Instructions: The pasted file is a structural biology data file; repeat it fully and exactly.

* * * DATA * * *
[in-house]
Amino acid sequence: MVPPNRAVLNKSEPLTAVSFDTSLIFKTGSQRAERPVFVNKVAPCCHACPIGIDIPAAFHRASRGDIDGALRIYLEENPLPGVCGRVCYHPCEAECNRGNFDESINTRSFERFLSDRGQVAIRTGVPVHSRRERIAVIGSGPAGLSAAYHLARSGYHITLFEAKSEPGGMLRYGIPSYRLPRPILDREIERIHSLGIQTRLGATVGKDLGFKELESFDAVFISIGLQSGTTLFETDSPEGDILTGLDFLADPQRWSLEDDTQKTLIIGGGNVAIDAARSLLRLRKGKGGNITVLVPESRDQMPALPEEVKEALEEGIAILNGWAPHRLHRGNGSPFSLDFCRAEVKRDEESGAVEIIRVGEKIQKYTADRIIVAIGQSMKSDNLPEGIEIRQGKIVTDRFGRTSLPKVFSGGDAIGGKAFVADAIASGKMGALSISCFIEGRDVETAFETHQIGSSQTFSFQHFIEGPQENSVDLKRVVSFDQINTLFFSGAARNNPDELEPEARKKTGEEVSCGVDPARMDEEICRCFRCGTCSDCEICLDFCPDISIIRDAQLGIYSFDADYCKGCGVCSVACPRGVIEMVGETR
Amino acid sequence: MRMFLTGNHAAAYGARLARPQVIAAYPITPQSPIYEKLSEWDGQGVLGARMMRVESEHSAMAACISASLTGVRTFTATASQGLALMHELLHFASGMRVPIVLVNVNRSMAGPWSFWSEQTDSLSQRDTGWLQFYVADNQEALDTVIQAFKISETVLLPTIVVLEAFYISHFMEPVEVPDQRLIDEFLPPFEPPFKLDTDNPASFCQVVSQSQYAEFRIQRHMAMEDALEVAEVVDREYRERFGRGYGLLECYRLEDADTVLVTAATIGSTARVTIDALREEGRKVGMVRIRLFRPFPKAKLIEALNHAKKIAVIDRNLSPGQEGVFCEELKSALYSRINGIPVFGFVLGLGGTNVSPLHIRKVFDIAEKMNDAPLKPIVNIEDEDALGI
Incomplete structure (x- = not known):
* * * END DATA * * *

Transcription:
[in-house]
Amino acid sequence: MVPPNRAVLNKSEPLTAVSFDTSLIFKTGSQRAERPVFVNKVAPCCHACPIGIDIPAAFHRASRGDIDGALRIYLEENPLPGVCGRVCYHPCEAECNRGNFDESINTRSFERFLSDRGQVAIRTGVPVHSRRERIAVIGSGPAGLSAAYHLARSGYHITLFEAKSEPGGMLRYGIPSYRLPRPILDREIERIHSLGIQTRLGATVGKDLGFKELESFDAVFISIGLQSGTTLFETDSPEGDILTGLDFLADPQRWSLEDDTQKTLIIGGGNVAIDAARSLLRLRKGKGGNITVLVPESRDQMPALPEEVKEALEEGIAILNGWAPHRLHRGNGSPFSLDFCRAEVKRDEESGAVEIIRVGEKIQKYTADRIIVAIGQSMKSDNLPEGIEIRQGKIVTDRFGRTSLPKVFSGGDAIGGKAFVADAIASGKMGALSISCFIEGRDVETAFETHQIGSSQTFSFQHFIEGPQENSVDLKRVVSFDQINTLFFSGAARNNPDELEPEARKKTGEEVSCGVDPARMDEEICRCFRCGTCSDCEICLDFCPDISIIRDAQLGIYSFDADYCKGCGVCSVACPRGVIEMVGETR
Amino acid sequence: MRMFLTGNHAAAYGARLARPQVIAAYPITPQSPIYEKLSEWDGQGVLGARMMRVESEHSAMAACISASLTGVRTFTATASQGLALMHELLHFASGMRVPIVLVNVNRSMAGPWSFWSEQTDSLSQRDTGWLQFYVADNQEALDTVIQAFKISETVLLPTIVVLEAFYISHFMEPVEVPDQRLIDEFLPPFEPPFKLDTDNPASFCQVVSQSQYAEFRIQRHMAMEDALEVAEVVDREYRERFGRGYGLLECYRLEDADTVLVTAATIGSTARVTIDALREEGRKVGMVRIRLFRPFPKAKLIEALNHAKKIAVIDRNLSPGQEGVFCEELKSALYSRINGIPVFGFVLGLGGTNVSPLHIRKVFDIAEKMNDAPLKPIVNIEDEDALGI
Incomplete structure (x- = not known):